Say “Hello” to the First Baby Bison of 2017 at the Tallgrass Prairie Preserve!
March 15, 2017
Signs that spring is officially here are popping up at the Joseph H. Williams Tallgrass Prairie Preserve in Pawhuska! The first bouncing baby bison was seen this morning being bashful and walking closely alongside its mother.
In the spring of 2016, 561 calves were born. Preserve staff expect another 600-700 this spring making now a great time to visit the preserve to view the precious bundles of joy along with the 2,100 adult bison that roam freely. Young bison are fun to watch as they can be rather playful. Visitors may see calves frolicking, chasing, battling, butting, kicking, and racing. Such activity aids muscle development and coordination important later in life.
For the public’s safety, when visiting the bison, please observe the following rules:
- Rule #1: Stay in your car!
- Rule #2: Stay in your car!
- Rule #3: Stay in your car!
Bison are fast - they can go from 0 to oops (up to 35mph) faster than you can say it! If they're blocking the road, be patient. Though they may be big and fuzzy, bison are wild animals and are not cuddly.
The preserve is open daily from dawn to dusk with no charge for admittance and can be accessed via county roads. There are free ranging bison herds, scenic turnouts, hiking trails, picnic tables, breezeway information and public restrooms at the Historic Bunkhouse. The gift shop/visitor center is open from March through mid-December from 10:00am to 4:00pm. It is operated by docents, and is typically open every day.
Consisting of almost 40,000 acres near Pawhuska in Osage County, the Tallgrass Prairie Preserve is the largest protected remnant of tallgrass prairie left in the world! Since 1993, The Nature Conservancy of Oklahoma has proven successful at restoring this fully-functioning portion of the tallgrass prairie ecosystem with the use of free-roaming bison. The herd started with 300 bison in 1993 and continues to thrive despite the recent drought. Learn more by visiting nature.org/tallgrass.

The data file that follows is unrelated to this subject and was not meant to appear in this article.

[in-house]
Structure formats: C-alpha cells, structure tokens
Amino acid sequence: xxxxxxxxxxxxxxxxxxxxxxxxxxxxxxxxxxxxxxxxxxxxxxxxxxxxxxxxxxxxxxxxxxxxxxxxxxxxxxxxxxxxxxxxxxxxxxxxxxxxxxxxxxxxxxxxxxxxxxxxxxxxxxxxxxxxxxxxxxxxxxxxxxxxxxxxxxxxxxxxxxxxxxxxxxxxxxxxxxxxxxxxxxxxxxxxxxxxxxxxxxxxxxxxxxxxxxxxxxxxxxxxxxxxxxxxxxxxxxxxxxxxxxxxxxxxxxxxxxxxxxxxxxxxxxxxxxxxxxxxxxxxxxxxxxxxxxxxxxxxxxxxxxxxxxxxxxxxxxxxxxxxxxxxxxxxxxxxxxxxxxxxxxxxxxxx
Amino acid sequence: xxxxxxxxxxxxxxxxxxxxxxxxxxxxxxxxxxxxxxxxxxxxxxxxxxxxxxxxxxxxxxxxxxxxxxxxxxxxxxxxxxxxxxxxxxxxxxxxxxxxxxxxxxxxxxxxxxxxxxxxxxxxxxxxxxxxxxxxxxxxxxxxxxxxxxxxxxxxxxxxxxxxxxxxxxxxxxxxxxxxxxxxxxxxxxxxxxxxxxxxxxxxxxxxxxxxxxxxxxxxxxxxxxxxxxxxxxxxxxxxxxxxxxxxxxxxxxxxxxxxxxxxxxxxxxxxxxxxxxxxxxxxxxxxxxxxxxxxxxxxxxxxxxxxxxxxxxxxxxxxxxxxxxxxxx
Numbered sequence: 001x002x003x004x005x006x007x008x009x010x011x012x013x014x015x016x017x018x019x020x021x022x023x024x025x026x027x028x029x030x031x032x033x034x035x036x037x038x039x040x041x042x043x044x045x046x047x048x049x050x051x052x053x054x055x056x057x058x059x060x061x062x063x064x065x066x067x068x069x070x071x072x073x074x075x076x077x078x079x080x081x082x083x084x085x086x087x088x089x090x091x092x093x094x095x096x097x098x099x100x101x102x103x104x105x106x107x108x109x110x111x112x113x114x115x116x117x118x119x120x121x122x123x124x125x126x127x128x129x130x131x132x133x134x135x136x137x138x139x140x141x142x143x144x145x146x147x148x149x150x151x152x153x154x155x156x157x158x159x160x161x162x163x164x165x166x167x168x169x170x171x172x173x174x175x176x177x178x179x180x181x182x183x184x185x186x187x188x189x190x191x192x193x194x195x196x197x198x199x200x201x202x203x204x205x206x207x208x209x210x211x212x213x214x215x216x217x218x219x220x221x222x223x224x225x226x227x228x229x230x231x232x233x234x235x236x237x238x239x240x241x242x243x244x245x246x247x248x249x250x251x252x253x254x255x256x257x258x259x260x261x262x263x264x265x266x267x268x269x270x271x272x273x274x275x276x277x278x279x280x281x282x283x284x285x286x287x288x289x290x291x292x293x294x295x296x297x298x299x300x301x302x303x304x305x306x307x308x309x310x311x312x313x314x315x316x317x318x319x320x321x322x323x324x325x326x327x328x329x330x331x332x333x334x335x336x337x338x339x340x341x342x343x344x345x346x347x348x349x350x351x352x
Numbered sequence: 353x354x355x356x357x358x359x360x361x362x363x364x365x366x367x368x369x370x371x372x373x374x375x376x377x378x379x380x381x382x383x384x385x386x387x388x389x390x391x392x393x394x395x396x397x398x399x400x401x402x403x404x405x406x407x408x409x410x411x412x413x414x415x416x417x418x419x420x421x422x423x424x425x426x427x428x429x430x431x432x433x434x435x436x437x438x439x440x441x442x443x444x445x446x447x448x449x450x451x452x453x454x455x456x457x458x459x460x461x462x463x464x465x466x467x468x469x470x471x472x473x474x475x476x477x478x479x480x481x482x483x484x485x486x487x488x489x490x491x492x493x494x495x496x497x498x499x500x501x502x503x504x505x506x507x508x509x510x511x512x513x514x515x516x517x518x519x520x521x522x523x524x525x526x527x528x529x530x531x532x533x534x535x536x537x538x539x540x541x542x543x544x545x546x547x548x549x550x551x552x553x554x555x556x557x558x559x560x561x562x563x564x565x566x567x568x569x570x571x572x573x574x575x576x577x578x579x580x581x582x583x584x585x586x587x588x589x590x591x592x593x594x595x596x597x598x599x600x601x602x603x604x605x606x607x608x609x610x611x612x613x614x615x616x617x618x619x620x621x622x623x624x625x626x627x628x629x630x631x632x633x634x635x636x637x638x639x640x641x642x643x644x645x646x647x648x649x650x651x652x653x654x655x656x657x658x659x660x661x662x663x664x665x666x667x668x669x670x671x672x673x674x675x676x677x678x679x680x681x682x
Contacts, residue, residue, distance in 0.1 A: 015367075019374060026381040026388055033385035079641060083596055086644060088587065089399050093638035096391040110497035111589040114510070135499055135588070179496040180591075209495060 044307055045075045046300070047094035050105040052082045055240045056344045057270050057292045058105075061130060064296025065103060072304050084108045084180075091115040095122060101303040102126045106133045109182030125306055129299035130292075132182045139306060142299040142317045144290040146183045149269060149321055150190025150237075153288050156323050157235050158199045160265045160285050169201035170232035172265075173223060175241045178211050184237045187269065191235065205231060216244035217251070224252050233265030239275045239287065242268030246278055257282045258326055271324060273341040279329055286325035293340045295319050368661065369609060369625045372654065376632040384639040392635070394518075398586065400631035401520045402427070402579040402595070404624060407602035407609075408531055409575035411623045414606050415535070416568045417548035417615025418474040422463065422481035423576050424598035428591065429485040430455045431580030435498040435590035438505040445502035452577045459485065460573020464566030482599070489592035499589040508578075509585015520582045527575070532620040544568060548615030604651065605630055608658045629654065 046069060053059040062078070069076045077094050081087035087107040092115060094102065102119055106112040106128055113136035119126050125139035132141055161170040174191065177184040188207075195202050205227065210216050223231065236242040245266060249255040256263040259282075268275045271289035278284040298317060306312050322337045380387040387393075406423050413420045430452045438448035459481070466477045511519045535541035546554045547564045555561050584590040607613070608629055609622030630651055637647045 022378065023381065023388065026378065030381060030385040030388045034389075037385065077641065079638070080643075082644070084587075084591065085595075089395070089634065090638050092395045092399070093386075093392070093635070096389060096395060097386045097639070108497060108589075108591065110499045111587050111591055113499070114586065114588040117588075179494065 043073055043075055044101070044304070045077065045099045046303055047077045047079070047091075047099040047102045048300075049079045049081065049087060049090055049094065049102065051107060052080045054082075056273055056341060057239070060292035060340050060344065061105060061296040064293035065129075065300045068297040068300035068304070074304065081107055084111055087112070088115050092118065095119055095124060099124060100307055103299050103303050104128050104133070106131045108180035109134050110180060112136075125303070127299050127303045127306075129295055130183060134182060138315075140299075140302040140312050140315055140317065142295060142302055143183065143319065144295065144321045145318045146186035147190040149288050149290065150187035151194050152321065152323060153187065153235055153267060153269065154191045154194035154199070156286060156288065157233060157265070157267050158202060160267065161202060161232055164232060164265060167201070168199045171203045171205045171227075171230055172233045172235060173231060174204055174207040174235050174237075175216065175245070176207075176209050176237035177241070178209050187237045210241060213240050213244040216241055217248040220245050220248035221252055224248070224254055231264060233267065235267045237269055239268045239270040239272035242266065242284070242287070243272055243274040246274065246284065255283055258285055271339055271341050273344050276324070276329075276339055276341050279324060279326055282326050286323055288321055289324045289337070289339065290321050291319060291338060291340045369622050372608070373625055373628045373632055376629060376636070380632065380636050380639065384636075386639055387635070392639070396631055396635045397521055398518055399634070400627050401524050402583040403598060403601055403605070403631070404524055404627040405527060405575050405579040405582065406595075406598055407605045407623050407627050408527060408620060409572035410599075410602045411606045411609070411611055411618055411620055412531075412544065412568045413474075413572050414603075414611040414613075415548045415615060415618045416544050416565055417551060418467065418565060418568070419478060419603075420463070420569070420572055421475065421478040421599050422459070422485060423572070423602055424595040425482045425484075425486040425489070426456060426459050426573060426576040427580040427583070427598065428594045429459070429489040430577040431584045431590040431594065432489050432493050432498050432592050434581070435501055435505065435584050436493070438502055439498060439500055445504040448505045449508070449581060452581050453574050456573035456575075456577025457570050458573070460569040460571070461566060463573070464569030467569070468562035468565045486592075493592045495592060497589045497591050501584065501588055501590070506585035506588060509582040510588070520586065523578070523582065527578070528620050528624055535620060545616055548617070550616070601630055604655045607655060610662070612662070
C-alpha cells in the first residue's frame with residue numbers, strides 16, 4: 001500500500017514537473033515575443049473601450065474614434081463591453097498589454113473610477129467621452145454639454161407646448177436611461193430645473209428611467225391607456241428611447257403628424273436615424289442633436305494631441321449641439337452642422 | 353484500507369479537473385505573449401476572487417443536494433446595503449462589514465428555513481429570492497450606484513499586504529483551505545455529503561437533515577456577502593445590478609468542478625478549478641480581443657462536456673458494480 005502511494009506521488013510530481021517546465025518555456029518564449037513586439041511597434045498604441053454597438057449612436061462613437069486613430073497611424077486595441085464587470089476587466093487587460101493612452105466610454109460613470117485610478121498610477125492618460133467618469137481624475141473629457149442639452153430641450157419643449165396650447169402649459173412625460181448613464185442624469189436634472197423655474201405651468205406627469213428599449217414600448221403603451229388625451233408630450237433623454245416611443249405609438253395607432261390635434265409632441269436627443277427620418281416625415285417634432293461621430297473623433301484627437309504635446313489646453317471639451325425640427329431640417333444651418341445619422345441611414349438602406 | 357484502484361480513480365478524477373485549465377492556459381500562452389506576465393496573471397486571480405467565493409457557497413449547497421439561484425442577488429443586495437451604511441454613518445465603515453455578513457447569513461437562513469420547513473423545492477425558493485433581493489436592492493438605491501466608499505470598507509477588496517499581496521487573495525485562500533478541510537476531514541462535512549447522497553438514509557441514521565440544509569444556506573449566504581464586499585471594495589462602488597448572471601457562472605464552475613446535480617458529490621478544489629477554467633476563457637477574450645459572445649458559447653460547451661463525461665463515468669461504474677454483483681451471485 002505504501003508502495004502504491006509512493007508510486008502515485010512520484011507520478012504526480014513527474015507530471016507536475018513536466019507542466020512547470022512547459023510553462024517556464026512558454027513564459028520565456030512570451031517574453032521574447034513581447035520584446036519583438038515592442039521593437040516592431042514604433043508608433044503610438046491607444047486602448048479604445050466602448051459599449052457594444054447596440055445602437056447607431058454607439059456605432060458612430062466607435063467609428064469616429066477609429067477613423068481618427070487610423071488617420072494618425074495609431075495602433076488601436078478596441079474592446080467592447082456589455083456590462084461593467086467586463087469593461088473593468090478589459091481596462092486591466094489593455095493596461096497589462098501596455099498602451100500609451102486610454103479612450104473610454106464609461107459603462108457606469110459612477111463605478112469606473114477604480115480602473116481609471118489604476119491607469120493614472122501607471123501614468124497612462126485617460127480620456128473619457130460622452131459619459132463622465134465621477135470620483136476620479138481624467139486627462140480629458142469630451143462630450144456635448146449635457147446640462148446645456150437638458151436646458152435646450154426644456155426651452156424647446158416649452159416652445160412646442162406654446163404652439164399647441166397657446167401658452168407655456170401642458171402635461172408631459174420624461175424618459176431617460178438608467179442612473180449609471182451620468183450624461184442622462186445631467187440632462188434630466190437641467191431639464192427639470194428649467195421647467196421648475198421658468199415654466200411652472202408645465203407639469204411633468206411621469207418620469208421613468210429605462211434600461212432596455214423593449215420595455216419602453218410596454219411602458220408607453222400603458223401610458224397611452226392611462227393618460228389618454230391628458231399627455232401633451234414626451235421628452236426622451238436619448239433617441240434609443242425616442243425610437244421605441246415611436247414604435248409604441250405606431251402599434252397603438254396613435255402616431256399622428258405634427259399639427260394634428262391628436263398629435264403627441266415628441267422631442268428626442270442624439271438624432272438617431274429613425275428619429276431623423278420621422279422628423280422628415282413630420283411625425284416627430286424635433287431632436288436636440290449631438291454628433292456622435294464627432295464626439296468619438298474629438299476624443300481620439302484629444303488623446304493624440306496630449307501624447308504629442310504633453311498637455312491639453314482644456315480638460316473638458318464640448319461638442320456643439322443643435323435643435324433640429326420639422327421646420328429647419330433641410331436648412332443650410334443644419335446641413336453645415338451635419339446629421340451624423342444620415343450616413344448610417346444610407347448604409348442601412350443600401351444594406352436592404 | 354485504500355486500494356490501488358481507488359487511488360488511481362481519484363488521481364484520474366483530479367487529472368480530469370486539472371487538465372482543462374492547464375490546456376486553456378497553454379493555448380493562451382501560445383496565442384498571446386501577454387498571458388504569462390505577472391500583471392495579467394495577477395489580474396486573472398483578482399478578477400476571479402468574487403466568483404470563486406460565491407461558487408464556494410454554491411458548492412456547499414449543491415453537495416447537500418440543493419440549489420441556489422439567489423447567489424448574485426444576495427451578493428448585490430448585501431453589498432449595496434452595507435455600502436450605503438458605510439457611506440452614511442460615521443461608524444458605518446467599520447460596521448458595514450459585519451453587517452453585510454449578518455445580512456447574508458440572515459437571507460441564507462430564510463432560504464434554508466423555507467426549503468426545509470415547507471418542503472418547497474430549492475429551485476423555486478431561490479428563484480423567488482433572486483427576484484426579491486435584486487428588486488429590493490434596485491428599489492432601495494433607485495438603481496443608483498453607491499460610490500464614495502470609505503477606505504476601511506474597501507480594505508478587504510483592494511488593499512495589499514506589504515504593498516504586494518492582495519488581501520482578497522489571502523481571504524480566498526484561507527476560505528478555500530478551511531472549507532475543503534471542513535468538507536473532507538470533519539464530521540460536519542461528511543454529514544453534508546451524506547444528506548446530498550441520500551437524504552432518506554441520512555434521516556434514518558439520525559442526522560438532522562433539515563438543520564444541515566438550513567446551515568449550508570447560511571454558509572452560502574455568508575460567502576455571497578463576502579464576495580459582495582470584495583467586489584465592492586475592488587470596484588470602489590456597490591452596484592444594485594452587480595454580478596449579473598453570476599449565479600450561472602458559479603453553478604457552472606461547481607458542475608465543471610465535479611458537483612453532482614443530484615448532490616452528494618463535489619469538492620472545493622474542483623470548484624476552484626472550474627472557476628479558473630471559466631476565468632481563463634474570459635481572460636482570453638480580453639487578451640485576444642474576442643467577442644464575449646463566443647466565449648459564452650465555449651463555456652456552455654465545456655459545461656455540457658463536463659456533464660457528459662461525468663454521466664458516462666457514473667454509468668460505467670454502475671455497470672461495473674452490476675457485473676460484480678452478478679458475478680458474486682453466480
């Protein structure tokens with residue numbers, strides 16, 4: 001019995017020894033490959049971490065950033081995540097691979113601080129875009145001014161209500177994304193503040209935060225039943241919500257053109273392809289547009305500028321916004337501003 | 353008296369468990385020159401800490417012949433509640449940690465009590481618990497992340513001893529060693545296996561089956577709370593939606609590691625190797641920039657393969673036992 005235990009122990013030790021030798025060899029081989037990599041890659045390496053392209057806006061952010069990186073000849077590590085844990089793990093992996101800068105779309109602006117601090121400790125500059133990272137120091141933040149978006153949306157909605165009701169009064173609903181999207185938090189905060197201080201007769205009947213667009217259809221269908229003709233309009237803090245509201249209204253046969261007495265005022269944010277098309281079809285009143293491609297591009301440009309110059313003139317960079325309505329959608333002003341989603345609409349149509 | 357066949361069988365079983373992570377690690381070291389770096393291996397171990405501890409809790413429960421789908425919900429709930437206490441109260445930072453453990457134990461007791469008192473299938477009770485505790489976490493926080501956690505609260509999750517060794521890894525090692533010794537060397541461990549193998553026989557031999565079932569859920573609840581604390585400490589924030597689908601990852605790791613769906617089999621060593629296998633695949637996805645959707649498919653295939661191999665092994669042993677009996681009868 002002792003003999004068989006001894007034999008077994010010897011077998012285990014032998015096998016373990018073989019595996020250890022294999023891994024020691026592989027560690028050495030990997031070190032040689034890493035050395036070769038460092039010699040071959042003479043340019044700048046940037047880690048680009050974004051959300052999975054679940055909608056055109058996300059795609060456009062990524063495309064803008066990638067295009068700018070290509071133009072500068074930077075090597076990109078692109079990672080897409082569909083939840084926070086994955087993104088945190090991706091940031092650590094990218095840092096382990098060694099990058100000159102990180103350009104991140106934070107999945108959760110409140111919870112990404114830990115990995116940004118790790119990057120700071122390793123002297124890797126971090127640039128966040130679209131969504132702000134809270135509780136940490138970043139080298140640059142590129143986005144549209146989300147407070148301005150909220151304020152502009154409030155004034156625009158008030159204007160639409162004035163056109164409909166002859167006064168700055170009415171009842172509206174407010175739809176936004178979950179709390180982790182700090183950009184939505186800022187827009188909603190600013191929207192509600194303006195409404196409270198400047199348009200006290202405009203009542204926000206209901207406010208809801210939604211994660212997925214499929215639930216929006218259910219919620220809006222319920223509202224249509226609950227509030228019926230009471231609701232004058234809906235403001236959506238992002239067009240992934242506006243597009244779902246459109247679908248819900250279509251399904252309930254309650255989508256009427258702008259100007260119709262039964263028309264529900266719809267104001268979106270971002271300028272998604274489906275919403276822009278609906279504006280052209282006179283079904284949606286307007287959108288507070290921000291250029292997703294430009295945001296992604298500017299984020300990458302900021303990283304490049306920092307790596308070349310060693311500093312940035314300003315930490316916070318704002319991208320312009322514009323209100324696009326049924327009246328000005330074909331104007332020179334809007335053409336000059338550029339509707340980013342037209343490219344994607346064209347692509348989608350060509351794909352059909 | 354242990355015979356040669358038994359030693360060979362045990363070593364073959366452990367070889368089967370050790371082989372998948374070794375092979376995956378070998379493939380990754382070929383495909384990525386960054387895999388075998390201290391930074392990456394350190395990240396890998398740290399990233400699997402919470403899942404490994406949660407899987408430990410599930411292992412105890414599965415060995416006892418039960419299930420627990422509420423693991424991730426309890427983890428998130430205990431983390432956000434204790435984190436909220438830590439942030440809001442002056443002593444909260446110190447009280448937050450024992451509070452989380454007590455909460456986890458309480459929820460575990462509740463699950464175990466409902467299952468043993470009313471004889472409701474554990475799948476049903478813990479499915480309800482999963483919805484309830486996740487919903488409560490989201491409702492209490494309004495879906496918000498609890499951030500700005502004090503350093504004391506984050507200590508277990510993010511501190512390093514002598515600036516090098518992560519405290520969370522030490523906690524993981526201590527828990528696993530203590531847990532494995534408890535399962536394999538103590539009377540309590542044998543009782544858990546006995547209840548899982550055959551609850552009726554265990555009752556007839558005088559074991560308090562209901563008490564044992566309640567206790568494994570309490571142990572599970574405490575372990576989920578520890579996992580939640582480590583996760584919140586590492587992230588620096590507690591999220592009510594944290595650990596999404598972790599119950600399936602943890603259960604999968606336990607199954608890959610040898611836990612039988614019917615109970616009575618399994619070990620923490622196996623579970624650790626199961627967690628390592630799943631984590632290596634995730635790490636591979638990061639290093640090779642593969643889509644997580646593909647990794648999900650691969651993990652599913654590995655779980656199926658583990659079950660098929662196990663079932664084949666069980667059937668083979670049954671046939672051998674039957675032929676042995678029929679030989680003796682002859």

Directions to the preserve: From downtown Pawhuska, drive north on Kihekah at the intersection of Highway 60 (at the corner of the triangle-shaped building), follow signs to the preserve headquarters (approximately 18 miles).
- Though “buffalo” is commonly used, “bison” is the correct term for the mammals on the Tallgrass Prairie Preserve. According to scientists, true buffalo are confined to Africa and Southeast Asia.
- Before the settlements of modern civilization, around 30 million bison roamed across North America. By 1890, fewer than 600 plains bison were left alive.
- Bison are the largest native animals on the North American continent.
- Full-grown bison bulls stand about 6.5 feet at the shoulder and can weigh up to 2,000 pounds.
- Adult bison consume more than 30 pounds of grass (air-dry weight) in a day.
- Bison can jump 6 feet vertically. Because they reportedly can jump more than 7 feet horizontally, "bisonguards" on the Preserve are 14 feet wide. (This is double the standard width of a cattleguard.)
- Bison can run at speeds up to 35 miles per hour.
- Bison are powerful swimmers, navigating with all but hump, muzzle, and top of the head submerged.
- Both sexes have horns; the cow's are smaller. A bull bison can be identified from a cow by wider, thicker horns; a wider skull; and a generally more massive structure.
- The gestation period for bison is 9.5 months.
- Bison calves are generally born in the spring and weigh 30-40 pounds.
- The bison was named the state mammal of Oklahoma by the legislature in 1972.
The Nature Conservancy is a global conservation organization dedicated to conserving the lands and waters on which all life depends. Guided by science, we create innovative, on-the-ground solutions to our world's toughest challenges so that nature and people can thrive together. We are tackling climate change, conserving lands, waters and oceans at an unprecedented scale, providing food and water sustainably and helping make cities more sustainable. Working in 72 countries, we use a collaborative approach that engages local communities, governments, the private sector, and other partners. To learn more, visit www.nature.org or follow @nature_press on Twitter.